Thai PBS reports that the “five new members of the Election Commission officially assumed their duty today [Friday] and the first major task awaiting them is how to deal with the fate of the 616 election inspectors appointed by their predecessors.” It reports that they immediately had a meeting to discuss the 616 inspectors and that it’s expected “the new election commissioners will go through the list and strike out those who they believe are not qualified.”

By “not qualified” we assume that this designates inspectors who can’t be trusted to do the junta’s bidding when an election is held, sometime in the future.

So there was no need to change the law in the NLA because the new, junta-approved Election Commissioners can do the junta’s bidding on this anyway.





Pavin interviews Chomsky

18 08 2018

We are not sure PPT has seen this interview previously, although the date is 2017. However, it was the Southeast Asia Globe that brought it to our attention.

In the video, Pavin Chachavalpongpun interviews Noam Chomsky. He begins with a question on monarchy and democracy.





No nepotism, just a strong odor

18 08 2018

Nepotism has been a recurring issue for the military junta. Most usually, this nepotism has been associated with Gen Prayuth Chan-ocha and his brother Gen Preecha.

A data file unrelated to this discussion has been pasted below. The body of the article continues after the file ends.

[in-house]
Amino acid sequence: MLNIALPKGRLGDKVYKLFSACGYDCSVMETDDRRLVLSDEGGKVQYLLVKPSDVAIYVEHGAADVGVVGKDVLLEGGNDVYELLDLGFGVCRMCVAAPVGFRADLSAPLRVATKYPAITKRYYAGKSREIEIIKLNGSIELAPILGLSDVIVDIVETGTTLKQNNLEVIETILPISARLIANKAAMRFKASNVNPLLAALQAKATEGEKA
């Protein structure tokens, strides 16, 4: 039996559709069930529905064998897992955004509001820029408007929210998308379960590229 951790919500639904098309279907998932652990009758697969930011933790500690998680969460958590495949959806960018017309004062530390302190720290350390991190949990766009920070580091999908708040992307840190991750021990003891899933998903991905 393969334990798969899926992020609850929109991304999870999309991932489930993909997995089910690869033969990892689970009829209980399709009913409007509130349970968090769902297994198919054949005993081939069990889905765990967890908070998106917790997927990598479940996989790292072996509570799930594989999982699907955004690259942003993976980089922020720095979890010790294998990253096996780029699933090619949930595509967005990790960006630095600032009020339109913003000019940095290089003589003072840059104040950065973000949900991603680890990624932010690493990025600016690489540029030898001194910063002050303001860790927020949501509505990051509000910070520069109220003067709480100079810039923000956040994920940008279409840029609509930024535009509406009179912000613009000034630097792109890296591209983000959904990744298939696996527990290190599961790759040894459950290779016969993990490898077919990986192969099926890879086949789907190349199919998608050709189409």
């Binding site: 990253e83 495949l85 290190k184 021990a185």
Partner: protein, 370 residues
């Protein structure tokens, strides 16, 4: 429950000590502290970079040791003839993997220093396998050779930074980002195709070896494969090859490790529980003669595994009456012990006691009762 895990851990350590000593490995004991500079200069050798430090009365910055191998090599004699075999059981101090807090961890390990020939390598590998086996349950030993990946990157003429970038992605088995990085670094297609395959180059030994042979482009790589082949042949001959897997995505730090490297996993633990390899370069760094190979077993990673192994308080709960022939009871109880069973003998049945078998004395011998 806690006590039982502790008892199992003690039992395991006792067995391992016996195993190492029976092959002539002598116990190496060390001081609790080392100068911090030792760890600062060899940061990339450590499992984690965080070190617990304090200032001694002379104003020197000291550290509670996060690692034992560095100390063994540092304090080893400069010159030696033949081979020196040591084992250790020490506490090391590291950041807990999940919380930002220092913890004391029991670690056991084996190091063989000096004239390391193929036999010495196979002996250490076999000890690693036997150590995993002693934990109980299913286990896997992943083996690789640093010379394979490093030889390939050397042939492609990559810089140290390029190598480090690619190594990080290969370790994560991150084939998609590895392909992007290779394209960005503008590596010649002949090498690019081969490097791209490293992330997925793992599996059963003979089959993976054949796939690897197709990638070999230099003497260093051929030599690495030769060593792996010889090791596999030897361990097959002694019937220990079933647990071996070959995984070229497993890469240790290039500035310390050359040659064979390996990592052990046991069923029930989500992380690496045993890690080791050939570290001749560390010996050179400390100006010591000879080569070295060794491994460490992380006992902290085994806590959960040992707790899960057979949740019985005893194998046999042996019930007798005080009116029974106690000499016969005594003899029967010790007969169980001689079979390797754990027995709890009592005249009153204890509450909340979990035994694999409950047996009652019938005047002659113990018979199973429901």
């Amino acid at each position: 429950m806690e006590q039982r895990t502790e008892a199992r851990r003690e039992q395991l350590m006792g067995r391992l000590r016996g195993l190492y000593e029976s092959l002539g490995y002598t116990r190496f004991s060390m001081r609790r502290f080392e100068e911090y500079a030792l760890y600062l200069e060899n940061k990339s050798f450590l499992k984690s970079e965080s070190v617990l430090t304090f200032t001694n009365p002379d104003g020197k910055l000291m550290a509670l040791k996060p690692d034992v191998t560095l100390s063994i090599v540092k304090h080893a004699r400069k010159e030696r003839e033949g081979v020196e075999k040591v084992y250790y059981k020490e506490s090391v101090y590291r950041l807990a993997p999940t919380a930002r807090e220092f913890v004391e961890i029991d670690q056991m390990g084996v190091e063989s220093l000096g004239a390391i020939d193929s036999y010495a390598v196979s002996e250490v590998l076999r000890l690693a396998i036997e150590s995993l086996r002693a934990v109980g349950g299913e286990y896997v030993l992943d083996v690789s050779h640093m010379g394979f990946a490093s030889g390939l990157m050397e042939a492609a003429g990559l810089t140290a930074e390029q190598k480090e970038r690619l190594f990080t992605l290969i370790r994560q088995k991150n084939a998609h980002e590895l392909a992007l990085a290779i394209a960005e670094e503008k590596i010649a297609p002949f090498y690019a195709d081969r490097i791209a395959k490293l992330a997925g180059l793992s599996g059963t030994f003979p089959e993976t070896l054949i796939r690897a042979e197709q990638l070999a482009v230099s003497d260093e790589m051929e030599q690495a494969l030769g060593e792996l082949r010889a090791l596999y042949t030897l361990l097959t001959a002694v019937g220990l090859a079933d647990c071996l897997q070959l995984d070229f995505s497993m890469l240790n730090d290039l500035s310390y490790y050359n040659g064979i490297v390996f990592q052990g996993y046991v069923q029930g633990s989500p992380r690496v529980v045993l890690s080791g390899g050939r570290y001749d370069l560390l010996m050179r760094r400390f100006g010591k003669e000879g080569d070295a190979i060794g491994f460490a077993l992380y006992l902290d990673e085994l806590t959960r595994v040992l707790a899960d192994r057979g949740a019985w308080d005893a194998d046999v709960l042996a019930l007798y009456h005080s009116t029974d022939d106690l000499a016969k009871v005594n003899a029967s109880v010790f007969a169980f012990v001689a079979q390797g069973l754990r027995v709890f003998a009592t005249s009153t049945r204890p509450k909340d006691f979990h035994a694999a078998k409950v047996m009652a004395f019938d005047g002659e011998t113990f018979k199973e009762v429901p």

Nothing ever came of non-investigations and the “explanations” were insipid.

Interestingly, Thai PBS has reported that former Army boss and the junta’s Interior Minister Gen Anupong Paojinda has defended his son “after the latter’s name appeared on a list of appointments with the Phuket governor to discuss garbage management deals.”

Gen Anupong declared that his son could not have done anything wrong.

Indeed, Gen Anupong “explained” that “he had asked his son, Yutthapong, about the reported appointment with the Phuket governor and was told that his son had never met the governor.”

Going further, Gen Anupong said “he had checked with the governor who said he had already deleted Yutthapong’s appointment from the list.”

Gen Anupong then announced: “I can guarantee that my family has never get involved in this vested interest.  My son said he had never met the governor, didn’t know him (governor) and was not involved in the business (garbage management)…”.